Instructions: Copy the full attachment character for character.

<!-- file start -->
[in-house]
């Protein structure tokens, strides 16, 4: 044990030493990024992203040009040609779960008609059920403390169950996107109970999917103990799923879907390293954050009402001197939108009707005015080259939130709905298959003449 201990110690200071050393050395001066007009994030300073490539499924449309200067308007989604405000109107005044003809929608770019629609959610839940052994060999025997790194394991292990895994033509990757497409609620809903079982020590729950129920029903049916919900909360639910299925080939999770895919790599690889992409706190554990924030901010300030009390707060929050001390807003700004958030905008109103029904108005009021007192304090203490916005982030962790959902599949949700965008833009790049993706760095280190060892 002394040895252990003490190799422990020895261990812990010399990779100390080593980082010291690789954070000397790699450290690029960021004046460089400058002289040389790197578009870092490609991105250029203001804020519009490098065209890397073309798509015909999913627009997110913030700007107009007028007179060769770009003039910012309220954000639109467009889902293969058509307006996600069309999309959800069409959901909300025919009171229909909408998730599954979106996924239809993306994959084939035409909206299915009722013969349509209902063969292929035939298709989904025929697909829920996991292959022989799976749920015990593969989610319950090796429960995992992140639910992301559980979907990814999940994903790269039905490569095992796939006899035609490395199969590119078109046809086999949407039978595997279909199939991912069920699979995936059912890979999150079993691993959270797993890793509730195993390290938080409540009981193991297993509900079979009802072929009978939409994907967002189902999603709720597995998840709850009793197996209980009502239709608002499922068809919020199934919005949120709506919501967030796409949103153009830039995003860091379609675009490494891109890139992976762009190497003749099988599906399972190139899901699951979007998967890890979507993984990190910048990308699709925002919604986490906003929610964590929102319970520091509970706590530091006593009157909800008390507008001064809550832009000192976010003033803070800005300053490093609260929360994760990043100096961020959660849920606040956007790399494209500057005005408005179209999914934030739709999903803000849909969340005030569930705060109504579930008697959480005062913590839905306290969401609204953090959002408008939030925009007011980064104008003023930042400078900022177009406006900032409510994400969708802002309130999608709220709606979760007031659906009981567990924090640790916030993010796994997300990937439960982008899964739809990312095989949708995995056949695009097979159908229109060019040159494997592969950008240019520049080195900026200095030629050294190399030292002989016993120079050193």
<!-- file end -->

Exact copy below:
[in-house]
């Protein structure tokens, strides 16, 4: 044990030493990024992203040009040609779960008609059920403390169950996107109970999917103990799923879907390293954050009402001197939108009707005015080259939130709905298959003449 201990110690200071050393050395001066007009994030300073490539499924449309200067308007989604405000109107005044003809929608770019629609959610839940052994060999025997790194394991292990895994033509990757497409609620809903079982020590729950129920029903049916919900909360639910299925080939999770895919790599690889992409706190554990924030901010300030009390707060929050001390807003700004958030905008109103029904108005009021007192304090203490916005982030962790959902599949949700965008833009790049993706760095280190060892 002394040895252990003490190799422990020895261990812990010399990779100390080593980082010291690789954070000397790699450290690029960021004046460089400058002289040389790197578009870092490609991105250029203001804020519009490098065209890397073309798509015909999913627009997110913030700007107009007028007179060769770009003039910012309220954000639109467009889902293969058509307006996600069309999309959800069409959901909300025919009171229909909408998730599954979106996924239809993306994959084939035409909206299915009722013969349509209902063969292929035939298709989904025929697909829920996991292959022989799976749920015990593969989610319950090796429960995992992140639910992301559980979907990814999940994903790269039905490569095992796939006899035609490395199969590119078109046809086999949407039978595997279909199939991912069920699979995936059912890979999150079993691993959270797993890793509730195993390290938080409540009981193991297993509900079979009802072929009978939409994907967002189902999603709720597995998840709850009793197996209980009502239709608002499922068809919020199934919005949120709506919501967030796409949103153009830039995003860091379609675009490494891109890139992976762009190497003749099988599906399972190139899901699951979007998967890890979507993984990190910048990308699709925002919604986490906003929610964590929102319970520091509970706590530091006593009157909800008390507008001064809550832009000192976010003033803070800005300053490093609260929360994760990043100096961020959660849920606040956007790399494209500057005005408005179209999914934030739709999903803000849909969340005030569930705060109504579930008697959480005062913590839905306290969401609204953090959002408008939030925009007011980064104008003023930042400078900022177009406006900032409510994400969708802002309130999608709220709606979760007031659906009981567990924090640790916030993010796994997300990937439960982008899964739809990312095989949708995995056949695009097979159908229109060019040159494997592969950008240019520049080195900026200095030629050294190399030292002989016993120079050193």